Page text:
As disappointed Patriots fans build up hope for the coming Red Sox season, they will look to its greatest weakness: Pitching.
To that end, the addition of John Farrell should help greatly. While nobody doubts that Farrell will be a hue asset to younger arms like Clay Buchholz and Jon Lester, he may very well hold the key to restoring Lackey to his former glory.
Farrell worked with Lackey in 2010. He knows the ins and outs of his motion and pitches.
With any luck at all, Farrell will notice some mechanical flaw or gripping error in Lackey’s pitching.
At the very least, Farrell will be a supportive voice among pitchers such as Lackey who have struggled lately. With confidence issues being cited as a primary reason for the rotation’s lackluster performance over the past two years, that strong clubhouse voice may be all Lackey needs to achieve his goals.
Ask any Angels fan about Jon Lackey, and the reaction will always be positive. The Angels remember Lackey as a durable, quality pitcher who led the league in ERA in 2007, in route to a third-place finish in Cy Young voting.
In his most successful days with the Angels, John Lackey relied primarily on a four-pitch mix of a fastball, curveball, slider and a rarely used changeup.
In those years, Lackey’s fastball averaged a littler over 91 mph. Interestingly enough, his fastball velocity in Boston is roughly the same as it was in LA all those years ago. He still throws a curveball, slider, and changeup as well.
One major difference that scouts will point out is that Lackey’s curveball ,his best off-speed pitch, lacks the same shape and depth that it had when he was pitching for the Angels, thus forcing him to rely more heavily on his slider.
There are several possible explanations for this.
One, Lackey’s elbow injury in 2012 adversely affected his ability to throw his curveball. Two, Lackey is making a mechanical error in throwing his curveball that has caused problems. This is where John Farrell would hopefully assist.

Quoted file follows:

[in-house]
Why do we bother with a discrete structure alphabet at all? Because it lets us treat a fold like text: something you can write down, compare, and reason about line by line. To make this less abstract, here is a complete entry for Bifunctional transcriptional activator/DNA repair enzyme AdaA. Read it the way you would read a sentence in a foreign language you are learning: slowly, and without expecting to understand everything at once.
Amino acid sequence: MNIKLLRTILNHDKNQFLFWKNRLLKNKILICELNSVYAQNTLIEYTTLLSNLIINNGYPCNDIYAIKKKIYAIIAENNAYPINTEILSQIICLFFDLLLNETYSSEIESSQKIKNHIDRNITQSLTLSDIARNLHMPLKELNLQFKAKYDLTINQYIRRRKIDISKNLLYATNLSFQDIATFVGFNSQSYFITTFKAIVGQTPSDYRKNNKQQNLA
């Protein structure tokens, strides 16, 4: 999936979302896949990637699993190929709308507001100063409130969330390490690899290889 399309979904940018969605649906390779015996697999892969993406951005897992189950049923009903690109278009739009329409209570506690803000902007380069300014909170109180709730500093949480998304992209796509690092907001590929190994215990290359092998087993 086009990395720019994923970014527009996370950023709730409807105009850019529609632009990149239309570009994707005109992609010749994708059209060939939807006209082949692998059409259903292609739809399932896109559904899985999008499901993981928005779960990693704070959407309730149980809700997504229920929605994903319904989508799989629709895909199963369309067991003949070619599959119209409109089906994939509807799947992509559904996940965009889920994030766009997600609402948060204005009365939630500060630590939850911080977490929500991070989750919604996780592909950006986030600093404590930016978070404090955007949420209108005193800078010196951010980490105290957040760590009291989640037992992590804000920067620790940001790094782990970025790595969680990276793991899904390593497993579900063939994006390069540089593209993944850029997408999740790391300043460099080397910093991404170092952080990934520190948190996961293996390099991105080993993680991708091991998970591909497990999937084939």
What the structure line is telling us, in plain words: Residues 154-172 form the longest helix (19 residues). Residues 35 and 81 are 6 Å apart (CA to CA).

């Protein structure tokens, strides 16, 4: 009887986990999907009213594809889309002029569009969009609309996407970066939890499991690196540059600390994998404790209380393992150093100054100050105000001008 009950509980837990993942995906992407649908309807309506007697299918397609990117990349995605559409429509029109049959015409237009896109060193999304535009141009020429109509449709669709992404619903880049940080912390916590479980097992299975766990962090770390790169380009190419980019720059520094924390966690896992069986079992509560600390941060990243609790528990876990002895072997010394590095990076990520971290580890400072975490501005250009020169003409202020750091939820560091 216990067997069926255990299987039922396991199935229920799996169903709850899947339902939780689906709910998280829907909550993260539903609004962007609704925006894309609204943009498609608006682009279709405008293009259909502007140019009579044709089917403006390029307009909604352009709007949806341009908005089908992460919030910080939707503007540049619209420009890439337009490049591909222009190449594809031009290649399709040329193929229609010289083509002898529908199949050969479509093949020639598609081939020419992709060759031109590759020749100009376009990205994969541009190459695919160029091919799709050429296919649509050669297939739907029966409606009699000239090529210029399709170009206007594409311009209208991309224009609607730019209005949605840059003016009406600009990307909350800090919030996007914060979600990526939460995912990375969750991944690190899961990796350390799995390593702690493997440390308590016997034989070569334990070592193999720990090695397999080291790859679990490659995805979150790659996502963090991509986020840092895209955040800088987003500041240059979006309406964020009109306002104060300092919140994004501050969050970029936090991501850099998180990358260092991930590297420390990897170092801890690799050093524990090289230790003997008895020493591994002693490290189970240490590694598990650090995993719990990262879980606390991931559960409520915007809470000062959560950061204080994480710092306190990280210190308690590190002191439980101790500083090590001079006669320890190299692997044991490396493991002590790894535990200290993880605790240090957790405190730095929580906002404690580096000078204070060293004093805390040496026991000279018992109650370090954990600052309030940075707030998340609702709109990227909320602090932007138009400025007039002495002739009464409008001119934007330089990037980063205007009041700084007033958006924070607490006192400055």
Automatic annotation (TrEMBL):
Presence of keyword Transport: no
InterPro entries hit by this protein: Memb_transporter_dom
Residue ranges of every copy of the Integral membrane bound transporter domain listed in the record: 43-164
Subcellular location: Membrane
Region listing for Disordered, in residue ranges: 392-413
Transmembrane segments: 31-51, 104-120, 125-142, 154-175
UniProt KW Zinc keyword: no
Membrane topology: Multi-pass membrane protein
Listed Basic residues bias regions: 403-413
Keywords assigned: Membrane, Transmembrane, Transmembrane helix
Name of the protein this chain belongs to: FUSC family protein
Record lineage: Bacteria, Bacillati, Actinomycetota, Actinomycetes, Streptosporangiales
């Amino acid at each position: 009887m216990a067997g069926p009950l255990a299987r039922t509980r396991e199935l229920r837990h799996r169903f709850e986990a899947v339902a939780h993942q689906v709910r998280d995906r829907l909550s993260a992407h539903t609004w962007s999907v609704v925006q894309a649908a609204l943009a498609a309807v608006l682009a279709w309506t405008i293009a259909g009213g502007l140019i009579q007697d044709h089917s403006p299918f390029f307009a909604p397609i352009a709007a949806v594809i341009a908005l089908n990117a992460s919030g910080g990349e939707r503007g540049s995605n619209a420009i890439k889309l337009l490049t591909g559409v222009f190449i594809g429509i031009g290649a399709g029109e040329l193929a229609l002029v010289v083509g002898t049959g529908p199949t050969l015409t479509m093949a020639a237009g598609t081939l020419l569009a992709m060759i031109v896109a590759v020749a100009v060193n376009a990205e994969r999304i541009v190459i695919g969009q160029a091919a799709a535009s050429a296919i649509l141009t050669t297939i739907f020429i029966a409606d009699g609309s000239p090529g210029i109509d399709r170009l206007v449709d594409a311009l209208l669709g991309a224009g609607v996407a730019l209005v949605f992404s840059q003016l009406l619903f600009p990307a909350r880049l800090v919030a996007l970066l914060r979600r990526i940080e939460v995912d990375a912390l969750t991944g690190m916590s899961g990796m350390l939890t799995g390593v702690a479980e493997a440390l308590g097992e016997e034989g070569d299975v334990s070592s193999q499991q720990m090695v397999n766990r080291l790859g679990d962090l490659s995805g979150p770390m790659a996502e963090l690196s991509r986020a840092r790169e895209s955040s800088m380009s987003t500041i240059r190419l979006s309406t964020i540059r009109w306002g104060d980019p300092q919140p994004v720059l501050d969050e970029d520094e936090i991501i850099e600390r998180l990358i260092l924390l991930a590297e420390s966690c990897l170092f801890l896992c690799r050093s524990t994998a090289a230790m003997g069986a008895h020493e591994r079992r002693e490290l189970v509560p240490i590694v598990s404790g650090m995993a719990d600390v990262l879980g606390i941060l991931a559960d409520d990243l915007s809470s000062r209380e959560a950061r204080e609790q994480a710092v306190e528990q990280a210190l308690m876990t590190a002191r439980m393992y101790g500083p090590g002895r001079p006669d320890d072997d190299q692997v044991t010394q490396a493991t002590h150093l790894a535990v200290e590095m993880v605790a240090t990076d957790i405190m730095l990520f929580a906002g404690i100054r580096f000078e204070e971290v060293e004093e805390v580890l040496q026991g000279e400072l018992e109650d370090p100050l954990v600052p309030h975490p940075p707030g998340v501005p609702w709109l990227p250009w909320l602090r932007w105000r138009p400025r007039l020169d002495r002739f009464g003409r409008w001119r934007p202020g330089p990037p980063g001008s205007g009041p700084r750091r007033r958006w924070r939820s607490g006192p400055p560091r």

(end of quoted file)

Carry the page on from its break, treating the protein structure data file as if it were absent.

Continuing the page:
And the third, and most unfortunate potential explanation, is that Lackey has lost the ability to throw his curveball due to age or some other irreversible problem.
Fortunately, Lackey’s slider is a very strong secondary offering that he can rely on. However, a rejuvenated curveball could go a long way toward returning him to success.
As mentioned in the first slide, Lackey’s struggles in recent years have stemmed, in large part, from defensive inadequacies behind him. Thanks to Ben Cherington’s offseason work, that will hopefully no longer be an issue.
The Red Sox defense is very strong this year.
Up the middle, Gold Glover Dustin Pedroia forms a very strong double-play team with Stephen Drew. Will Middlebrook’s arm at third is a huge asset. Mike Napoli may be nothing to brag about, but he should get the job done at first.
Red Sox backup catcher, David Ross, is also a defensive stud.
In the outfield, the Red Sox have a speedy two-headed monster in Jacoby Ellsbury and Shane Victorino. The two Gold Glove winners should provide top-notch defense spanning all the way from left center field to Pesky Pole in deep right field.
Johnny Gomes is an adequate defender in left, but his likely platoon partner, Ryan Sweeney, is a defensive specialist who will handle any outfield position effortlessly.
The Red Sox defense this year is a huge strength, one that should go a long way toward helping John Lackey and others regain and maintain their former success on the mound.
All statistical information obtained from Fangraphs.com unless otherwise specified.